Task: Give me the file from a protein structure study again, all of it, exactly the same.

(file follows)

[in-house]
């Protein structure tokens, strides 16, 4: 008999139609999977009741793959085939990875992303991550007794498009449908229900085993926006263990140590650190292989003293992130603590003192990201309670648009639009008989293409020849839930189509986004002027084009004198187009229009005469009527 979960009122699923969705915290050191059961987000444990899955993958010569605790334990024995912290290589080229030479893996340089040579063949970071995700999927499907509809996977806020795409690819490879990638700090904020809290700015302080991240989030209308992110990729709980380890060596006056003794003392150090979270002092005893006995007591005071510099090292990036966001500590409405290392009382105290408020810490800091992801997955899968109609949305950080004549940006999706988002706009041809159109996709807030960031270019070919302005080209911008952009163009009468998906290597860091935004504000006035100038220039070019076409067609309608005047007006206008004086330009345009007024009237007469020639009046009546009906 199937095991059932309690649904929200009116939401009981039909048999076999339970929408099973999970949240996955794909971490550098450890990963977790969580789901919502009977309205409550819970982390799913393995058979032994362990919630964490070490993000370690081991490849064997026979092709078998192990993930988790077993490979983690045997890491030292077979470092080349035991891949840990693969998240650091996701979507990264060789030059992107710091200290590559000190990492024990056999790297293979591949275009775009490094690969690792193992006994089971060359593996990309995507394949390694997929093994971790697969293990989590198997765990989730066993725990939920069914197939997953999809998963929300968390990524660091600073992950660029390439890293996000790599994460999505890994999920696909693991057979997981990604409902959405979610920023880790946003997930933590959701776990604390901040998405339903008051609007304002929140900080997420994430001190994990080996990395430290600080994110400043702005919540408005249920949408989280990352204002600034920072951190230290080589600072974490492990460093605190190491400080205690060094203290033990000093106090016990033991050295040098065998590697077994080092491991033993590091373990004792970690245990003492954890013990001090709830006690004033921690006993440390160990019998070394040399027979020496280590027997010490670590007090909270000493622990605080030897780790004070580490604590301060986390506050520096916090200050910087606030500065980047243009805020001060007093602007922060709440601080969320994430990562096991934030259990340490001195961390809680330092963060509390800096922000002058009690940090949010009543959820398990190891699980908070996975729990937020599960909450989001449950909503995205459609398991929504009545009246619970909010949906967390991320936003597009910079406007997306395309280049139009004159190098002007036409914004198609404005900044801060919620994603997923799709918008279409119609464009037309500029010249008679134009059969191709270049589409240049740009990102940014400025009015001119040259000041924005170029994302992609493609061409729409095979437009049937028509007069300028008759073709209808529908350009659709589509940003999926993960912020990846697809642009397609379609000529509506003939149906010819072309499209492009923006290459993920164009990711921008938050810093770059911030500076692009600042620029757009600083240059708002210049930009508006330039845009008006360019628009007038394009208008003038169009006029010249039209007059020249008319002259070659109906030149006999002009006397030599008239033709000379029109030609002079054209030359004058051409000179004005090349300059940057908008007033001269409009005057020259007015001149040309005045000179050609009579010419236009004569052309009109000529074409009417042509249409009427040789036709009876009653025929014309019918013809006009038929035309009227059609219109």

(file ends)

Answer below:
[in-house]
């Protein structure tokens, strides 16, 4: 008999139609999977009741793959085939990875992303991550007794498009449908229900085993926006263990140590650190292989003293992130603590003192990201309670648009639009008989293409020849839930189509986004002027084009004198187009229009005469009527 979960009122699923969705915290050191059961987000444990899955993958010569605790334990024995912290290589080229030479893996340089040579063949970071995700999927499907509809996977806020795409690819490879990638700090904020809290700015302080991240989030209308992110990729709980380890060596006056003794003392150090979270002092005893006995007591005071510099090292990036966001500590409405290392009382105290408020810490800091992801997955899968109609949305950080004549940006999706988002706009041809159109996709807030960031270019070919302005080209911008952009163009009468998906290597860091935004504000006035100038220039070019076409067609309608005047007006206008004086330009345009007024009237007469020639009046009546009906 199937095991059932309690649904929200009116939401009981039909048999076999339970929408099973999970949240996955794909971490550098450890990963977790969580789901919502009977309205409550819970982390799913393995058979032994362990919630964490070490993000370690081991490849064997026979092709078998192990993930988790077993490979983690045997890491030292077979470092080349035991891949840990693969998240650091996701979507990264060789030059992107710091200290590559000190990492024990056999790297293979591949275009775009490094690969690792193992006994089971060359593996990309995507394949390694997929093994971790697969293990989590198997765990989730066993725990939920069914197939997953999809998963929300968390990524660091600073992950660029390439890293996000790599994460999505890994999920696909693991057979997981990604409902959405979610920023880790946003997930933590959701776990604390901040998405339903008051609007304002929140900080997420994430001190994990080996990395430290600080994110400043702005919540408005249920949408989280990352204002600034920072951190230290080589600072974490492990460093605190190491400080205690060094203290033990000093106090016990033991050295040098065998590697077994080092491991033993590091373990004792970690245990003492954890013990001090709830006690004033921690006993440390160990019998070394040399027979020496280590027997010490670590007090909270000493622990605080030897780790004070580490604590301060986390506050520096916090200050910087606030500065980047243009805020001060007093602007922060709440601080969320994430990562096991934030259990340490001195961390809680330092963060509390800096922000002058009690940090949010009543959820398990190891699980908070996975729990937020599960909450989001449950909503995205459609398991929504009545009246619970909010949906967390991320936003597009910079406007997306395309280049139009004159190098002007036409914004198609404005900044801060919620994603997923799709918008279409119609464009037309500029010249008679134009059969191709270049589409240049740009990102940014400025009015001119040259000041924005170029994302992609493609061409729409095979437009049937028509007069300028008759073709209808529908350009659709589509940003999926993960912020990846697809642009397609379609000529509506003939149906010819072309499209492009923006290459993920164009990711921008938050810093770059911030500076692009600042620029757009600083240059708002210049930009508006330039845009008006360019628009007038394009208008003038169009006029010249039209007059020249008319002259070659109906030149006999002009006397030599008239033709000379029109030609002079054209030359004058051409000179004005090349300059940057908008007033001269409009005057020259007015001149040309005045000179050609009579010419236009004569052309009109000529074409009417042509249409009427040789036709009876009653025929014309019918013809006009038929035309009227059609219109």